Two ORSAA scientific members delivered two papers as follows :
1. “Biological Effects of Low-Intensity Radiofrequency Electromagnetic Radiation – TIME FOR A PARADIGM SHIFT IN REGULATION OF PUBLIC EXPOSURE” Dr Priyanka (Pri) Bandara, ORSAA Note : Pri has added extra slides for possible Q&A
2. "Radio Frequency Exposure Risk Assessment and Communication, Critique of ARPANSA TR-164 Report. Do we have a problem? " Mr Victor (Vic) Leach, ORSAA
Where does the science stand at present and what are the problems with the current regulation? ORSAA invites multidisciplinary professionals in radiation protection, WH&S managers, office managers, medical practitioners, policy makers, lawyers, and school/university administrators to take part in a much-needed objective discussion on this highly relevant topic of our times. We facilitate a constructive dialogue by evaluation and dissemination of the scientific knowledge. In doing so, we recommend a few upcoming opportunities to broaden one’s knowledge on the topic:
The keynote speaker of the RF session, former Head of Finnish radiation biology labs Prof. Dariusz Leszczynski will be giving an overview of the current regulation and its gaps – with insights on health risks associated with long-term RF-EMR exposure. His presentation is titled “Between a Rock and a Hard Place: The Art of Radiation Protection in the Wireless Era”
ORSAA will have two presentations at this session: Mr. Victor Leach, BSc (Phys), MSc: “ Radio Frequency Exposure Risk Assessment and Communication, Critique of ARPANSA TR-164 Report. Do we have a problem?
Dr. Priyanka Bandara, PhD: “Biological Effects of Low-intensity Radiofrequency electromagnetic Radiation – Time for a Paradigm Shift in Regulation of Public Exposure”
The Centre for Environment and Public Health at Griffith University supported by the Australian Institute of Occupational Hygienists Inc. (AIOH), QLD Branch of the Australasian Radiation Protection Society Inc. (ARPS) and Oceania Radiofrequency Scientific Advisory Association Inc. (ORSAA) has organized a public seminar with Prof. Dariusz Leszczynski as invited guest speaker. Presentation title is “Global Expansion of the Wireless: The 5G dive into the great unknown”.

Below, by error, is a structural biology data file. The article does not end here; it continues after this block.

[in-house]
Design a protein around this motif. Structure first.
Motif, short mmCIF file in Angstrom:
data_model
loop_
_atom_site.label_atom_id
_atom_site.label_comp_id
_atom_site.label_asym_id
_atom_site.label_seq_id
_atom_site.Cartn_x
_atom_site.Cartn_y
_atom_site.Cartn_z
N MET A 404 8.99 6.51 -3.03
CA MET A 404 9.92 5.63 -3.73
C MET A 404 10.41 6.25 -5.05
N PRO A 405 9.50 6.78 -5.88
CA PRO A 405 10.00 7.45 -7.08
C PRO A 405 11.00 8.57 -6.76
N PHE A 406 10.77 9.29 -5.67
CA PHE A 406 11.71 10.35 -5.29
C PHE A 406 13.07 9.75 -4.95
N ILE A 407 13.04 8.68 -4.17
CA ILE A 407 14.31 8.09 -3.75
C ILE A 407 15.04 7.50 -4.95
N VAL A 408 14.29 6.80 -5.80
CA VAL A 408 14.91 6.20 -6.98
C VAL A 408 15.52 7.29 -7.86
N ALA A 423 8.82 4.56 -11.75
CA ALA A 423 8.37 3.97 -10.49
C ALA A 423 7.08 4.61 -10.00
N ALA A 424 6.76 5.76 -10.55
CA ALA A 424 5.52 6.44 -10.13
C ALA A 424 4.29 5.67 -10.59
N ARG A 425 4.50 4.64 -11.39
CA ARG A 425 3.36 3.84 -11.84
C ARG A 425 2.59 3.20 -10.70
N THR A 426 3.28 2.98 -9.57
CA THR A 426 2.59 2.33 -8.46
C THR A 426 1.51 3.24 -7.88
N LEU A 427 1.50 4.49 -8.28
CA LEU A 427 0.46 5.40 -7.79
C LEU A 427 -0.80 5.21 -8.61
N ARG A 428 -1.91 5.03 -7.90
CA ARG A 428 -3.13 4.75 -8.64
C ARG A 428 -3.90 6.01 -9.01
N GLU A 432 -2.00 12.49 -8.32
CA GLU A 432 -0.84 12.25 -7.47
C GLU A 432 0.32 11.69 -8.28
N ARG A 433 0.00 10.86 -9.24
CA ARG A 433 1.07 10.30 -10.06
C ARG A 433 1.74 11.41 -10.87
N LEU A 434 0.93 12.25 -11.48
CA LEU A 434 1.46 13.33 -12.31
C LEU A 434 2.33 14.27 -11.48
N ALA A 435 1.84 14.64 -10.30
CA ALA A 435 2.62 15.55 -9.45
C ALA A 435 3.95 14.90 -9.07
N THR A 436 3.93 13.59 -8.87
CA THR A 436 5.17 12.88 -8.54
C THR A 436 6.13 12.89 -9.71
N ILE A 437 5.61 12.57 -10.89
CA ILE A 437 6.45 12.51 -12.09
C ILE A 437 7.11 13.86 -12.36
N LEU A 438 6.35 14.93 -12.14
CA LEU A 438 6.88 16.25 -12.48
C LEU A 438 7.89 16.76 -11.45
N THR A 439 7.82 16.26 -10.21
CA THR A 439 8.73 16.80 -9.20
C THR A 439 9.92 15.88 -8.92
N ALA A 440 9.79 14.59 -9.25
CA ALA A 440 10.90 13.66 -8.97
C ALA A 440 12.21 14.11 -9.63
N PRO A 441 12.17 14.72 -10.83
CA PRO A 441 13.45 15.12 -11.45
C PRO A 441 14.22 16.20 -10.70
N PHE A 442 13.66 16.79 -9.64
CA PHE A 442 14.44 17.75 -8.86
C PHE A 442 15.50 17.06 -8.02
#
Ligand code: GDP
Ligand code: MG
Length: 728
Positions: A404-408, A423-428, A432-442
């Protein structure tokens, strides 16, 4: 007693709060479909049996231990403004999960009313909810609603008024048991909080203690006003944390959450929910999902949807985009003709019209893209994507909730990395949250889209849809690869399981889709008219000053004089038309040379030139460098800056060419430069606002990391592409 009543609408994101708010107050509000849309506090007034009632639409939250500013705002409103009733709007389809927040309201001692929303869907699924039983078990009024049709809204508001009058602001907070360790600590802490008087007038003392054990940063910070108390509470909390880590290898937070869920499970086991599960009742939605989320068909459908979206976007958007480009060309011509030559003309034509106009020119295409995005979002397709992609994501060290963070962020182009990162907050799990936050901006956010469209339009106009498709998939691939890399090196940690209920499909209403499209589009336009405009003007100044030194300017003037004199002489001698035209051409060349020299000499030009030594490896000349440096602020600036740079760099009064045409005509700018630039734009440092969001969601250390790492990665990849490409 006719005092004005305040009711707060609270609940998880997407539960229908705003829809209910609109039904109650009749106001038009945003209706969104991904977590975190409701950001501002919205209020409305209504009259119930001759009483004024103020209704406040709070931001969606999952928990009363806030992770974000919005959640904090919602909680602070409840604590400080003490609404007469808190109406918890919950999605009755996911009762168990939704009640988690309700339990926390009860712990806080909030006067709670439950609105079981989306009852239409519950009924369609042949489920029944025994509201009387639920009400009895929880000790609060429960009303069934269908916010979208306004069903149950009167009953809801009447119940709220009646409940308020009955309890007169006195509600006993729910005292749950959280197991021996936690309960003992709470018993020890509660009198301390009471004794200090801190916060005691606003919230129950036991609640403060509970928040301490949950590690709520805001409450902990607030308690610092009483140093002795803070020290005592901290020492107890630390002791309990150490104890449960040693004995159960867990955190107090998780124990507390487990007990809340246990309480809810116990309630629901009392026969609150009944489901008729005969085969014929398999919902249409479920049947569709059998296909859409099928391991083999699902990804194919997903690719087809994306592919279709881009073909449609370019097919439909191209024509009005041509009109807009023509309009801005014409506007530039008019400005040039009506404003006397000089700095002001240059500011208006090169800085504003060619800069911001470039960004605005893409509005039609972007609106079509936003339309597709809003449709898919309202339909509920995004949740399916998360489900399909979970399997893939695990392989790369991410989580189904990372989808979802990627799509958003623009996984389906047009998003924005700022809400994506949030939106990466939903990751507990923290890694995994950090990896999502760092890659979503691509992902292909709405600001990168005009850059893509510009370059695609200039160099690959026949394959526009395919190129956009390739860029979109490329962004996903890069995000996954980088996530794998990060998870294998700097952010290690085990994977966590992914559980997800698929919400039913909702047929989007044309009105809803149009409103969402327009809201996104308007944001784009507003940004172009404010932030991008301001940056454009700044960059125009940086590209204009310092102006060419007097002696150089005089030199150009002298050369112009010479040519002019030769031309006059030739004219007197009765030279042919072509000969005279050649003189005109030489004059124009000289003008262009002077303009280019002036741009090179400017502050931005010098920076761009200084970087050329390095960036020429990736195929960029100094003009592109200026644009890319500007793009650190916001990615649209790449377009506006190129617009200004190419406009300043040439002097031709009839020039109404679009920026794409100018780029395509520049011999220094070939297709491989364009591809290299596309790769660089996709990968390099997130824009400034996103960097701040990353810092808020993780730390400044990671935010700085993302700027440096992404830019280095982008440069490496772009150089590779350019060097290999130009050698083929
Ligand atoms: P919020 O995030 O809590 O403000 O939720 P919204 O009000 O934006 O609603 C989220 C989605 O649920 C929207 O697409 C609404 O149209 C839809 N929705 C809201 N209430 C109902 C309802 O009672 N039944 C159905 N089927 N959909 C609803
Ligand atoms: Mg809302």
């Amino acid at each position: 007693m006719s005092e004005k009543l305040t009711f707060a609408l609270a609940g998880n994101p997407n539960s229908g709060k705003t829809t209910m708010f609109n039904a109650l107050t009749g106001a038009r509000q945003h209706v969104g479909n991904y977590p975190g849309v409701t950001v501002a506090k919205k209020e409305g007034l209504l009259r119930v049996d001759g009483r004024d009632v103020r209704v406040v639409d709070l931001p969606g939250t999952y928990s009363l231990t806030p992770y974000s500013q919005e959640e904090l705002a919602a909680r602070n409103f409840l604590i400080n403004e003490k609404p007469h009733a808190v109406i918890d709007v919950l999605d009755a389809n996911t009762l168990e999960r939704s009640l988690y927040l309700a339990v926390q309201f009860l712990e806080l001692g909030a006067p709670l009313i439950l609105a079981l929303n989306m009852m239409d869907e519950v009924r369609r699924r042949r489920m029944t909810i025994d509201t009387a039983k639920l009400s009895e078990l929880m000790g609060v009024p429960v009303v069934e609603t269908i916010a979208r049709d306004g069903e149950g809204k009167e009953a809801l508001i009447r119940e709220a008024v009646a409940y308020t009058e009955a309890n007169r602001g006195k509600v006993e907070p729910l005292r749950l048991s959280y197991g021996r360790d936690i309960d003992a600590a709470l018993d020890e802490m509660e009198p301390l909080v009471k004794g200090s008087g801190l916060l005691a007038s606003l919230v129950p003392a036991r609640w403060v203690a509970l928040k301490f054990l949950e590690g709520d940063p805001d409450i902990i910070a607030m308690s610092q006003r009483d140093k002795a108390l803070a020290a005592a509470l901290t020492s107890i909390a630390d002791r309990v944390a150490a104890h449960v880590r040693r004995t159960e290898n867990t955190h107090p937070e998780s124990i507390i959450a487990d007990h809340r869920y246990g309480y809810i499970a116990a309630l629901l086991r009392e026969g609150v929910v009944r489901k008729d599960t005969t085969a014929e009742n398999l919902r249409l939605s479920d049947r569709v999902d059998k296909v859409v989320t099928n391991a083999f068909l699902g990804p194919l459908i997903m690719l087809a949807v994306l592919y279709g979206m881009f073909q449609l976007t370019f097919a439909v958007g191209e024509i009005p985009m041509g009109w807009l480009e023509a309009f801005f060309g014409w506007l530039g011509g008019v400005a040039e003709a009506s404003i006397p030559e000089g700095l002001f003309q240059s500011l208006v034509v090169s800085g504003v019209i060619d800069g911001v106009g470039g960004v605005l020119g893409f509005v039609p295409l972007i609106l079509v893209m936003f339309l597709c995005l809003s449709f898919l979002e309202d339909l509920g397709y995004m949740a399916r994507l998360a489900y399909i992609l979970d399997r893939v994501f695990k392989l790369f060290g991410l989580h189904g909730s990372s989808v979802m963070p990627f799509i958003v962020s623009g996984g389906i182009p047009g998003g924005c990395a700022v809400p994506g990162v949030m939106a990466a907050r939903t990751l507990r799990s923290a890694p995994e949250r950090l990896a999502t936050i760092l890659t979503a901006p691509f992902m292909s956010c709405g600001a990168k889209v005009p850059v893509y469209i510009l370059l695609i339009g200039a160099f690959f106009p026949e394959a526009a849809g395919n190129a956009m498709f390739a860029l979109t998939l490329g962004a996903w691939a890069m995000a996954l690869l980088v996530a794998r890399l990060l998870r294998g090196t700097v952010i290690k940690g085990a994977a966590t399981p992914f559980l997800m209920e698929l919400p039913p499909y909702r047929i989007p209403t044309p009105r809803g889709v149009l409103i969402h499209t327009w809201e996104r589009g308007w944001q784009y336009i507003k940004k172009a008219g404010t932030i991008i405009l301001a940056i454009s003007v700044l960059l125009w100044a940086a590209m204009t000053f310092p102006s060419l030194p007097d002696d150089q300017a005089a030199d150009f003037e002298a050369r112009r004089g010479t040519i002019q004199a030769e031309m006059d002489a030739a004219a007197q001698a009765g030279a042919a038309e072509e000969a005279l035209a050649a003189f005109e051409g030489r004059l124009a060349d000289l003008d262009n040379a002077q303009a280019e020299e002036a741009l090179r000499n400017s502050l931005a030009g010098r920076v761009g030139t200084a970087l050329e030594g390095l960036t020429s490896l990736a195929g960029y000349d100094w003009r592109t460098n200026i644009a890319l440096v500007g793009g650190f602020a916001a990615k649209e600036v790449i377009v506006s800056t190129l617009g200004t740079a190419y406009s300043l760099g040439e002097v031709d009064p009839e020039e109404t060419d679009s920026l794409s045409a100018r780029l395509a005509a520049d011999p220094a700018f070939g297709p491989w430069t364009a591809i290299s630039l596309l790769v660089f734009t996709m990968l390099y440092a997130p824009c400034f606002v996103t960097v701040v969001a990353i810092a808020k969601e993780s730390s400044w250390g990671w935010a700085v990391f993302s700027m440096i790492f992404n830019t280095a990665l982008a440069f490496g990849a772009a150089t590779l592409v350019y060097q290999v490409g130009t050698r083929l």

Registration for this public seminar on Thursday 17th August in Brisbane is free.
In this installment of our newsletter we have used ORSAA’s database to extend the work of both Starkey  and Hardell  who have looked at the EHC core group and their memberships/associations. What clearly stands out is the WHO Environmental Health Criteria (EHC) Group appears to be biased and ICNIRP is a closed club.
ORSAA has carefully looked at a number of attributes for each EHC “expert” as shown in the attached pdf and we have to say we find the linkages are very troubling.
Country the EHC group are primarily based or funded from – this is important to understand whether we have a good representation of countries with varying RF Safety Standards. What we have found is that the researchers represent countries that have in most cases adopted ICNIRP Guidelines, which are the least protective when compared to what is available around the world. There is no representation from countries that have more stricter scientific based RF Standards such as Eastern Europe, Russia, China or India. This suggests the WHO has employed biased selection criteria when establishing the EHC group. Tables below generated from the ORSAA database as of May 2017, show the breakdown of effect and no effect findings for a number of countries.
A number of countries finding a large number of “no effects” have corporations significantly investing in wireless technology (i.e. Siemens, Samsung, Nokia, Sony, Motorola … etc.)
ICNIRP was founded in Germany (DEU) and receives funding from the German Federal Ministry for the environment. Germany is one of the few countries finding more “no effects” than “effects”
Many countries that are finding a significantly higher proportion of effects also typically have the most protective RF exposure limits (excluding USA)
Another view of how funding source can potentially impact research finding outcomes is presented in the pie charts below from the ORSAA database as of May 2017.
It should be noted that government communications agencies make significant amounts of money from the sale of spectrum license’s and may explain why outcomes are biased towards “No Effect”. Caution needs to be applied when trying to interpret “Government Only” funding as it clearly depends on which countries we focus on as indicated in the tables above. China has a significant contribution to the number of papers showing “Effect” and are predominantly Government sponsored. A future newsletter will look at military funding (USAF, US Navy etc.) influence on research outcomes.